My Disposition Toward Self-Help

I feel the need to explore some tensions between the my faith and what might be deemed ‘self-help’.

Around the time I started this blog, I was consuming content, online video content in particular, in the spectrum of entrepreneurship/business development, sales and management, self-improvement, and psychology. During that time, that whole genre of personal development was greatly helpful to me. What has changed?

You have to consider where I was personally at that time. I believed the right things theologically, but I needed some healing and development personally. I was also suffering from isolation spiritually. Yeah, I actually had a few real spiritual friendships in that small, but we had given each other all we could give each other at the time and I needed some fresh perspective. There is something really good about real conversation with people who are together spiritually, but diverse in personality. A person benefits from both familiar friends, which I had, and challenging counselors, which I needed. So I found such counselors online.

The difference now is that I hunger for counsel more explicitly rooted in, and flowing out of, Christian faith. I presently have some good counsel in that regard, and I also desire to function as such counsel.

There is surely a spectrum of opinions in Christianity about psychological conditions, treatments and associated philosophies and worldviews. Personally, I believe that psychology is not a bad thing if regarded by the literal definition of the word, “the study of the soul”. I consider the soul, that is, the mind, will, and emotions, to be yet another marvelous set of systems of creation worth studying. It’s the points where psychological hypotheses stray into the philosophical and metaphysical realm that some Christians begin to have concern. Fair enough, psychology is a mixed bag in that regard.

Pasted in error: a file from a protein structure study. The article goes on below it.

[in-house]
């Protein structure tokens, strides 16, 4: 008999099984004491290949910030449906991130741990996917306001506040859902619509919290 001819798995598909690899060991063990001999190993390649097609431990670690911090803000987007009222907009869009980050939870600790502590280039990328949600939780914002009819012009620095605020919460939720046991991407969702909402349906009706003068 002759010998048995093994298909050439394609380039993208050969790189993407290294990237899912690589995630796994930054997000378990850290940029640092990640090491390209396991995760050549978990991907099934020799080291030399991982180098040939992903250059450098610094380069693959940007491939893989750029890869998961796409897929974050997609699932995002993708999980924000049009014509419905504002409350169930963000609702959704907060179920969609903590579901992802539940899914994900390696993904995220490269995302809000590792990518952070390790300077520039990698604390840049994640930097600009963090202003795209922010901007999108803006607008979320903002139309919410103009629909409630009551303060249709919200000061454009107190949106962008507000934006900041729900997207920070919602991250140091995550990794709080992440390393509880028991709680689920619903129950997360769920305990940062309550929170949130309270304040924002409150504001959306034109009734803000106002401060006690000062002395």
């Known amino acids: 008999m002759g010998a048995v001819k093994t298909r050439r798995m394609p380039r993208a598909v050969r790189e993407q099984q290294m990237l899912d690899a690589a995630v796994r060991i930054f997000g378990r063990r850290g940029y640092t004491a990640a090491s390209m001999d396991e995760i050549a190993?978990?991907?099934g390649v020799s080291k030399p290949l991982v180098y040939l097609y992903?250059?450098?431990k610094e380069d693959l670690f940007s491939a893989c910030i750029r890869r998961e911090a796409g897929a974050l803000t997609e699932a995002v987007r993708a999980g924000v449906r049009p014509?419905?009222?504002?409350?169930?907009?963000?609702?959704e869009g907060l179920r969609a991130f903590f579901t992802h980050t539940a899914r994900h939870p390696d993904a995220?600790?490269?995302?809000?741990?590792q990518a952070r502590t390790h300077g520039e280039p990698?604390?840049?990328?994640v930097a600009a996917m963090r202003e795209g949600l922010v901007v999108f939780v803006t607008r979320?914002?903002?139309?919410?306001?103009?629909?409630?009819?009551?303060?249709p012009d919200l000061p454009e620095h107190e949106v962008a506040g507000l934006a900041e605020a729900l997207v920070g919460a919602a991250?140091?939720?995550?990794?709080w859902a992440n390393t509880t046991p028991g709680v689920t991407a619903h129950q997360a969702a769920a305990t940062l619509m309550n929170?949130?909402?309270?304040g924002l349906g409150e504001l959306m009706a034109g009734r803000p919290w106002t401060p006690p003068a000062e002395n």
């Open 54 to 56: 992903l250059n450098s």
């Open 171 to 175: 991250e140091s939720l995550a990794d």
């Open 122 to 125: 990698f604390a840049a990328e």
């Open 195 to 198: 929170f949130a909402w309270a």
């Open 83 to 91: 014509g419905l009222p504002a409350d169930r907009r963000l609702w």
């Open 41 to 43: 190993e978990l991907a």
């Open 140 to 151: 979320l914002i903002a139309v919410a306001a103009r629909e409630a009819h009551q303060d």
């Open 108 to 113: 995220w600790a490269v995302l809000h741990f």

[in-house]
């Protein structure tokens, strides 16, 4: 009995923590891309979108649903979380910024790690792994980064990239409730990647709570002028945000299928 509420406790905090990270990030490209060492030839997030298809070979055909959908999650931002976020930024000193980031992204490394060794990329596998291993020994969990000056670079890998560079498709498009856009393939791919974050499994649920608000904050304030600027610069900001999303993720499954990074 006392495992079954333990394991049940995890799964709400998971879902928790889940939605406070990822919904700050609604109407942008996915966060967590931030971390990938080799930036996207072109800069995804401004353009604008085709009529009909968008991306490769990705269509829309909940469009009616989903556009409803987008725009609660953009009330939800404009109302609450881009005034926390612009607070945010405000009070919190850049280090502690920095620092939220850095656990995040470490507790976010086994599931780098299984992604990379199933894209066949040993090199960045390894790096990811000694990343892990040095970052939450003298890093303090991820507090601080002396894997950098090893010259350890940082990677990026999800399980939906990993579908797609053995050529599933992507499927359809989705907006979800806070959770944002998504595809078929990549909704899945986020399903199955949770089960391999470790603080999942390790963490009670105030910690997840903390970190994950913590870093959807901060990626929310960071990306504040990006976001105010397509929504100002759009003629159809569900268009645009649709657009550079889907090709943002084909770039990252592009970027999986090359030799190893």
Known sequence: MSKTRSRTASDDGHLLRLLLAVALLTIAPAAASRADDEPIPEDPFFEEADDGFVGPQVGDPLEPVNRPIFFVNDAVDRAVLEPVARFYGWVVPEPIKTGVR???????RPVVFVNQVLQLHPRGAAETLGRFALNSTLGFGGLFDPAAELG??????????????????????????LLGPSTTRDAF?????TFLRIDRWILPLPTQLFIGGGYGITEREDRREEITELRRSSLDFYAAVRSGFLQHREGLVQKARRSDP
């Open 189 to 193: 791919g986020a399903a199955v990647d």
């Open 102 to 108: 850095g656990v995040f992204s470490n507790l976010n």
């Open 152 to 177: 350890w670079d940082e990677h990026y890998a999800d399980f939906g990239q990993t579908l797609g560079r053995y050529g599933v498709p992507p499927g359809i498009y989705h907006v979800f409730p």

Maybe part of the reason I have framed this in a ‘Christianity versus psychology’ way is that I have perceived pressure from the Christian side to gloss over and oversimplify issues with Bible verse quotations.  Conversely, from the worldly side I feel a pressure to focus more and more on self.   I think it can be helpful to give a name to a particular set of symptoms as a way of describing it or making it easier to talk about. However, there’s a difference between admitting a problem and making it your identity.

I am also not saying that God’s word is ineffective, but to one who is struggling, extra discernment might be required to communicate the Word in an effective way. Therefore, I think it is valuable to understand emotions, and thoughts, and brain chemistry; to be able to discern and really help the systems of the soul.

Finally, I will say the the ultimate cure is spiritual.  However, the path from truth to experience is not often a straight one.  And that’s where the call to wisdom is for Christians in this area: to help people straighten those paths.

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